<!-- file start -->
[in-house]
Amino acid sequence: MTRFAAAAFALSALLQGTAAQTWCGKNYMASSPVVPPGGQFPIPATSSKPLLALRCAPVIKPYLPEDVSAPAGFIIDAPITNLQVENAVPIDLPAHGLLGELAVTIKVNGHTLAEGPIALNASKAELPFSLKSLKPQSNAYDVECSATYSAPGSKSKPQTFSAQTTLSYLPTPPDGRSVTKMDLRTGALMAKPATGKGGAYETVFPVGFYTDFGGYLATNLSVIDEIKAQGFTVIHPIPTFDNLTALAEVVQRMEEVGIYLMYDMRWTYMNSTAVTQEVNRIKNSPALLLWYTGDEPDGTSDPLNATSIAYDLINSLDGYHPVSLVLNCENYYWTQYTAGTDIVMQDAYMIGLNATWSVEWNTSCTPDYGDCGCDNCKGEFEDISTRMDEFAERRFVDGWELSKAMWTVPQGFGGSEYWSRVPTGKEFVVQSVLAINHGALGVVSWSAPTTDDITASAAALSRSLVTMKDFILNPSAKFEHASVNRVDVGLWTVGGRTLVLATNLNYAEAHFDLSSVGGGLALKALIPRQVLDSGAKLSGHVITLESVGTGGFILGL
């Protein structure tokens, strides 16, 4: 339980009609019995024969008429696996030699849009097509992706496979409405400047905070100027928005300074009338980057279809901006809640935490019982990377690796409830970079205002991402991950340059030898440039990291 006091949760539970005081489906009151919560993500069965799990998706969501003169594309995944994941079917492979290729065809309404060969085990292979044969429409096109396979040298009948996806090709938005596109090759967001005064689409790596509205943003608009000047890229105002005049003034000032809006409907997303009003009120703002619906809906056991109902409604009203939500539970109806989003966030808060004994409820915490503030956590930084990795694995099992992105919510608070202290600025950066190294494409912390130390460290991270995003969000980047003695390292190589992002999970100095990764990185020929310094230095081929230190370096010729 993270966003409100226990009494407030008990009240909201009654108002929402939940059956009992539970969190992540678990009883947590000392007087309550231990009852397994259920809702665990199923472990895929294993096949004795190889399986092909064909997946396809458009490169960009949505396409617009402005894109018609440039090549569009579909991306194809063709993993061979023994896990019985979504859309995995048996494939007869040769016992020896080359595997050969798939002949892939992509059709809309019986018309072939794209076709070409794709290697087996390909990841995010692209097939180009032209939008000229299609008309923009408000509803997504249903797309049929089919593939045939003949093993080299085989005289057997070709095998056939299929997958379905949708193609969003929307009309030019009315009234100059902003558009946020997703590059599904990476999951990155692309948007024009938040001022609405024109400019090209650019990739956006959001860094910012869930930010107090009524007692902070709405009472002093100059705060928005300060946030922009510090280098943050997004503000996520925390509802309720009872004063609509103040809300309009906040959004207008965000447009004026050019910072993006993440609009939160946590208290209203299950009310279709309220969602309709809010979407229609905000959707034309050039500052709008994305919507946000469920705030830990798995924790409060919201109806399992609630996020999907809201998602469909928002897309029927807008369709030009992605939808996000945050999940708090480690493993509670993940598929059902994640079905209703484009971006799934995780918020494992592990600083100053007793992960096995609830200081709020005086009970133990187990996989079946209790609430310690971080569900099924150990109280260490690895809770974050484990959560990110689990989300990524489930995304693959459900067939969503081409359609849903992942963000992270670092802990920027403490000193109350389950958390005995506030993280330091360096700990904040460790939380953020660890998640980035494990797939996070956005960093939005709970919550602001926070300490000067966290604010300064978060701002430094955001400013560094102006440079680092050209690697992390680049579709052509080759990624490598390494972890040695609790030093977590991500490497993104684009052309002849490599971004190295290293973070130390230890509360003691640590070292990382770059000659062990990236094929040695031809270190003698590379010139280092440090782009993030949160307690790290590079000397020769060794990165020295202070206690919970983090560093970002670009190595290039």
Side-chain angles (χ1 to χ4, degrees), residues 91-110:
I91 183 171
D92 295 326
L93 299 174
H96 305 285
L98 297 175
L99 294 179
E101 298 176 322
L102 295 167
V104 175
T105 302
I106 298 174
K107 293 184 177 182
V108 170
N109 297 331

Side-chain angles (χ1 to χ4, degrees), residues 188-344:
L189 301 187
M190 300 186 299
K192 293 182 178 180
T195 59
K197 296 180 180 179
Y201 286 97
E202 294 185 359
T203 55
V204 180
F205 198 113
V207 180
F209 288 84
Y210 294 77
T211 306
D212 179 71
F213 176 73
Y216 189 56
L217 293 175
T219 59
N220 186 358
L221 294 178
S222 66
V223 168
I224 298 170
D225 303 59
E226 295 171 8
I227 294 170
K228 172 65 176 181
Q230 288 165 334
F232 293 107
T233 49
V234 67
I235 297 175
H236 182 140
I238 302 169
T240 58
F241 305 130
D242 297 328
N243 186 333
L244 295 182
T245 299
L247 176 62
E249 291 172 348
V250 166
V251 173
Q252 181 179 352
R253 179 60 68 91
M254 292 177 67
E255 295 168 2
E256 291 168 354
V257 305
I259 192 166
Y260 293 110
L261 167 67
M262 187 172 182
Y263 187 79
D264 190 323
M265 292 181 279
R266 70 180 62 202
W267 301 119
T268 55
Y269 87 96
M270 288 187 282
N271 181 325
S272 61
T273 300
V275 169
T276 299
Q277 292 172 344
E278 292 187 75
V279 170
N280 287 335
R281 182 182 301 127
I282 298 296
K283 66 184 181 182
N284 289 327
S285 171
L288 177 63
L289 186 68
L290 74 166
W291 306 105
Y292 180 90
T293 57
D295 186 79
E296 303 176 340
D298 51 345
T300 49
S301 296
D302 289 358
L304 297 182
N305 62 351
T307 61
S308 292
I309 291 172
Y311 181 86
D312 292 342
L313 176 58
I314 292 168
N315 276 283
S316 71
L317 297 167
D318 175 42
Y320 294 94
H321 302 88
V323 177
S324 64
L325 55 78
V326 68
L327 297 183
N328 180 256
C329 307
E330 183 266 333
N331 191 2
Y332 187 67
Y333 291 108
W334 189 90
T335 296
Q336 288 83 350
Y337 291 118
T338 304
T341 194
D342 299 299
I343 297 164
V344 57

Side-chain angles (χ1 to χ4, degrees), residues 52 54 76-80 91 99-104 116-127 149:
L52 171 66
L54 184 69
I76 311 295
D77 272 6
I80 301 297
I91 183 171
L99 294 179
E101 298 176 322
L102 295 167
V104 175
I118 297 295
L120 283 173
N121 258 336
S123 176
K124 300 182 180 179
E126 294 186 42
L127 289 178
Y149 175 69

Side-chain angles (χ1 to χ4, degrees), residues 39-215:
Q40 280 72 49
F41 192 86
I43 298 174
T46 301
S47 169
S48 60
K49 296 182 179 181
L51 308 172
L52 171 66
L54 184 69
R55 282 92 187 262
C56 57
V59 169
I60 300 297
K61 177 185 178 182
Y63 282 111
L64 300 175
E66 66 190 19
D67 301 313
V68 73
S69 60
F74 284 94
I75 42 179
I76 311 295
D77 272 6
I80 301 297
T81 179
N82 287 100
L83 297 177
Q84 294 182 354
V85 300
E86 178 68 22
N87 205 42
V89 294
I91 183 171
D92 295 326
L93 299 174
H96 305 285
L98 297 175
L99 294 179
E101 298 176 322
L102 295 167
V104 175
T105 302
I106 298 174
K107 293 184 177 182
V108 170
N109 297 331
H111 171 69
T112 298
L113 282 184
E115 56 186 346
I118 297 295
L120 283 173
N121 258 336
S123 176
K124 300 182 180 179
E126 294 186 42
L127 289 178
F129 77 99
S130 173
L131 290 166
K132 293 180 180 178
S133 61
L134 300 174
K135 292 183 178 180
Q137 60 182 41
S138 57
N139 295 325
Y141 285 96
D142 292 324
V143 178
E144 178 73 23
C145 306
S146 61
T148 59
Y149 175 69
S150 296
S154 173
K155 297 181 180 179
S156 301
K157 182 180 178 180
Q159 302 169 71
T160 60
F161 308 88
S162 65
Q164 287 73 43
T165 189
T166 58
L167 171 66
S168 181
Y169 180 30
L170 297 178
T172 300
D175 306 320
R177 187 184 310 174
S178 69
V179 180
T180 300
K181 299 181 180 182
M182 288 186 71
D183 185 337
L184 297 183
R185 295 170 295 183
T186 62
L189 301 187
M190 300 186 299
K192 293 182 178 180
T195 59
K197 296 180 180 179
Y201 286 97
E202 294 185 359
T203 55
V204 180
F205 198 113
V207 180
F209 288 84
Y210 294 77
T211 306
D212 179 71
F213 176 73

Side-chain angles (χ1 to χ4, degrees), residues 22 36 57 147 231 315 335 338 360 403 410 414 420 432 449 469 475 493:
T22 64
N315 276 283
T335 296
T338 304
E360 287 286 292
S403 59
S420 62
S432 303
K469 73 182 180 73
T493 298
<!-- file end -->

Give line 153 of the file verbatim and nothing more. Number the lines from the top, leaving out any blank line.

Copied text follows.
L102 295 167